I am always fascinated by the different writing styles that conjure an era, and these two contrasting books prove that there is no one style to bring an era to life. Both books are great reads and I recommend them.

Traitor’s Knot by Cryssa Bazos

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This is a wonderful novel – richly detailed and full of the jargon and phraseology of the period. Set just as Prince Charles (later to be Charles II) is making his escape during the English Civil Wars, it centres around the difficult choices and strained allegiances that marked the tension of the Interregnum.

“Are we then to bow and scrape before these turncoats?”

“There is no other viable choice,” Piers said. “Ireland is being carved up by Cromwell while France offers nothing more than sympathy. Clearly, this marks our monarch as pragmatic, a trait sadly missing in his sire. We all must agree this is an improvement.”

“Why? Because he is willing to negotiate his morals?” Blount said.

“Life is a negotiation, death is not,” Piers snapped.

James Hart, a highwayman, (modelled on the real-life Royalist highwaymen of the day such as Hind) is defying Cromwell’s Oath of Allegiance, and making his own rules by not only robbing the rich to feed the poor, but by continuing to support the Crown against the Commonwealth. He falls for Elizabeth Seton, a herbalist and healer, who has chosen to leave her family for a distant aunt, rather than be condemned to life in her sister’s staunchly Puritanical household. When the two characters meet, they find they have much in common, and the romance soon grows wings. Elizabeth’s aunt is a supporter of the Knot, a fictional organisation that gives safe houses to Catholic recusants, and Elizabeth is drawn into helping them. However, The King needs James’s assistance, and our highwayman hero must leave Elizabeth prey to another suitor – the preacher who will show no mercy if he were to uncover a royalist, and a woman who supports papists, in their midst.

Cryssa Bazos is equally at home writing battle scenes as writing romance, and the pace keeps the reader turning the pages. The book is chock-full of historical facts, and these are seamlessly woven into the plot. Fans of English Civil War fiction will lap this up, and it would also suit readers who enjoy classic historical fiction by for example Kathleen Winsor, Georgette Heyer, Michael Arnold or Pamela Belle.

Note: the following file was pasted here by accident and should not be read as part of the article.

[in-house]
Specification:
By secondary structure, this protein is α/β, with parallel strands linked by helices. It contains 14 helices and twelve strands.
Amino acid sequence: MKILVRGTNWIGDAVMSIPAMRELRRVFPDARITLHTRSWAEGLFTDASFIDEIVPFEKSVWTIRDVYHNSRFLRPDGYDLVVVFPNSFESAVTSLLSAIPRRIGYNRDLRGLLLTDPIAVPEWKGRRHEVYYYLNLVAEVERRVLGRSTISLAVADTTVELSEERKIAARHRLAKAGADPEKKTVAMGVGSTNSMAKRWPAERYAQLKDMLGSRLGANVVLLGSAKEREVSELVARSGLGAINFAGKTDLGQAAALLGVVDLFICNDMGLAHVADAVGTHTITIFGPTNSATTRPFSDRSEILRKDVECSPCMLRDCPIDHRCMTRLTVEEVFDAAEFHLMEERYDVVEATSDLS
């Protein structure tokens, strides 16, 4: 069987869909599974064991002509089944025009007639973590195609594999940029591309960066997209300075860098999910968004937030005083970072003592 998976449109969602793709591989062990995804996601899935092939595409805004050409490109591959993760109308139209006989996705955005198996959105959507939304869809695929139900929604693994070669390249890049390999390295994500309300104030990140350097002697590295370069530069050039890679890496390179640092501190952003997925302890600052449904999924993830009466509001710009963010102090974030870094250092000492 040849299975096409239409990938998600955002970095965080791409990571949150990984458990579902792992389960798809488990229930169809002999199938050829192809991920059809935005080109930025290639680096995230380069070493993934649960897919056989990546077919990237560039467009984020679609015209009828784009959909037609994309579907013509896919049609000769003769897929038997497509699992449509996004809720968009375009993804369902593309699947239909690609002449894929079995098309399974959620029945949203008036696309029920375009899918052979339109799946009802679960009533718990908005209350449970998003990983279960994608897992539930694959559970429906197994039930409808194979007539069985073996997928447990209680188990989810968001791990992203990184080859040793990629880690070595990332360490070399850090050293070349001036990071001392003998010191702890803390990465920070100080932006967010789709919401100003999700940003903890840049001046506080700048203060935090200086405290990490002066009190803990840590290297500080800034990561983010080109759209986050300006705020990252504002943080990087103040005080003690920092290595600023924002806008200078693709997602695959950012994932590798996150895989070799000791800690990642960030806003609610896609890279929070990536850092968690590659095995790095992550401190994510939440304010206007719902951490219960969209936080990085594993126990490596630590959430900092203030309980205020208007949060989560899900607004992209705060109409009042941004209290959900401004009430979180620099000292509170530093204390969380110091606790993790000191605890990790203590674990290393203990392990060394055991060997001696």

The Witchfinder’s Siser by Beth Underdown

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“For it is a choice, I think, to close the heart, just as it is a choice to open it. It is a choice to look at what distresses you, and a choice to shut your eyes. It is a choice to hold tight your pain, or else let it slip your grasp, set it free to make its mark upon the world.”

Set in 1645, this is a story based on the real events surrounding the Witchfinder General, Matthew Hopkins, and his fictional half-sister Alice. After her husband’s death, Alice returns home to Manningtree after many years absence, and hopes to find a good home with her brother. Her position in the household is precarious, but worse, Matthew has changed from the boy she remembers, and what she encounters now is a zealot, hell-bent on ridding the county of witches.

Beth Underdown succeeds in putting us in Alice’s shoes; we feel her discomfort that she must be witness to her brother’s manipulation of the evidence and his tortures of the women in his enthusiasm to get a confession. Alice is a believable character – she is not a modern woman, she too is fearful of the devil and sensitive to the unseen, and this makes her complicity with events more likely. Matthew was burned in a childhood accident, and Alice loves her brother and wants some sort of redemption for this oddly scarred human-being she remembers. Instead, she finds herself caught in his powerful world-view, which sounds plausible but which feels so wrong. In this isolated community, gossip, suspicions and accusations soon spread, with chilling results.

“The number of women my brother Matthew killed, as far as I can reckon it, is one hundred and six.”

The writing style is simple and sparse, but each word is carefully chosen. The reader has to think carefully about the ramifications of the revelations in each scene, and this makes the pace a leisurely one, but one to savour. The slow build of suspense is masterfully done. This novel will appeal to those fascinated by the Salem Witch Trials, who can find parallels in the English equivalent, and would suit fans of Geraldine Brooks, Tracy Chevalier, or Rose Tremain.

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